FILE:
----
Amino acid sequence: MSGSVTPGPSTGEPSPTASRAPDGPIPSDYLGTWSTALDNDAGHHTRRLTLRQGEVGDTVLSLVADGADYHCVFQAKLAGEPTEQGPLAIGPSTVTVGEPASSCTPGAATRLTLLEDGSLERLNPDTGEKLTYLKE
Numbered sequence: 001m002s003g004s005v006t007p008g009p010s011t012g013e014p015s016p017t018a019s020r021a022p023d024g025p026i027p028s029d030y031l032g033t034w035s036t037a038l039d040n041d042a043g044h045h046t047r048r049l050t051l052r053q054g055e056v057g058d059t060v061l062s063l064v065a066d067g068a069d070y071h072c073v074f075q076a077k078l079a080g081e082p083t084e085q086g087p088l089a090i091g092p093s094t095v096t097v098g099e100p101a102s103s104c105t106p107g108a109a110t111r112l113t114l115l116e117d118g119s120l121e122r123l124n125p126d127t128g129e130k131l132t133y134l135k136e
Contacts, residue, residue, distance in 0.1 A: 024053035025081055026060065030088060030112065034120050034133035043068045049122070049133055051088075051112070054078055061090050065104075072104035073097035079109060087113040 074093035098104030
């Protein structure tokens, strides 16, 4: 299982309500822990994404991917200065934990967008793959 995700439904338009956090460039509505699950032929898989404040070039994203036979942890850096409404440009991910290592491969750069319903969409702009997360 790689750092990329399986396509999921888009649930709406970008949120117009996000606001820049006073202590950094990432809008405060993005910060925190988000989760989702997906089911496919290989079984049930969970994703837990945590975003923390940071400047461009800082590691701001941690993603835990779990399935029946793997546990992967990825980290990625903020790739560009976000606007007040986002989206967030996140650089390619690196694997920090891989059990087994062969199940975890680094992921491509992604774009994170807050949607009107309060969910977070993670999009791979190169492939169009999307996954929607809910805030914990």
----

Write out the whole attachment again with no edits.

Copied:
Amino acid sequence: MSGSVTPGPSTGEPSPTASRAPDGPIPSDYLGTWSTALDNDAGHHTRRLTLRQGEVGDTVLSLVADGADYHCVFQAKLAGEPTEQGPLAIGPSTVTVGEPASSCTPGAATRLTLLEDGSLERLNPDTGEKLTYLKE
Numbered sequence: 001m002s003g004s005v006t007p008g009p010s011t012g013e014p015s016p017t018a019s020r021a022p023d024g025p026i027p028s029d030y031l032g033t034w035s036t037a038l039d040n041d042a043g044h045h046t047r048r049l050t051l052r053q054g055e056v057g058d059t060v061l062s063l064v065a066d067g068a069d070y071h072c073v074f075q076a077k078l079a080g081e082p083t084e085q086g087p088l089a090i091g092p093s094t095v096t097v098g099e100p101a102s103s104c105t106p107g108a109a110t111r112l113t114l115l116e117d118g119s120l121e122r123l124n125p126d127t128g129e130k131l132t133y134l135k136e
Contacts, residue, residue, distance in 0.1 A: 024053035025081055026060065030088060030112065034120050034133035043068045049122070049133055051088075051112070054078055061090050065104075072104035073097035079109060087113040 074093035098104030
């Protein structure tokens, strides 16, 4: 299982309500822990994404991917200065934990967008793959 995700439904338009956090460039509505699950032929898989404040070039994203036979942890850096409404440009991910290592491969750069319903969409702009997360 790689750092990329399986396509999921888009649930709406970008949120117009996000606001820049006073202590950094990432809008405060993005910060925190988000989760989702997906089911496919290989079984049930969970994703837990945590975003923390940071400047461009800082590691701001941690993603835990779990399935029946793997546990992967990825980290990625903020790739560009976000606007007040986002989206967030996140650089390619690196694997920090891989059990087994062969199940975890680094992921491509992604774009994170807050949607009107309060969910977070993670999009791979190169492939169009999307996954929607809910805030914990």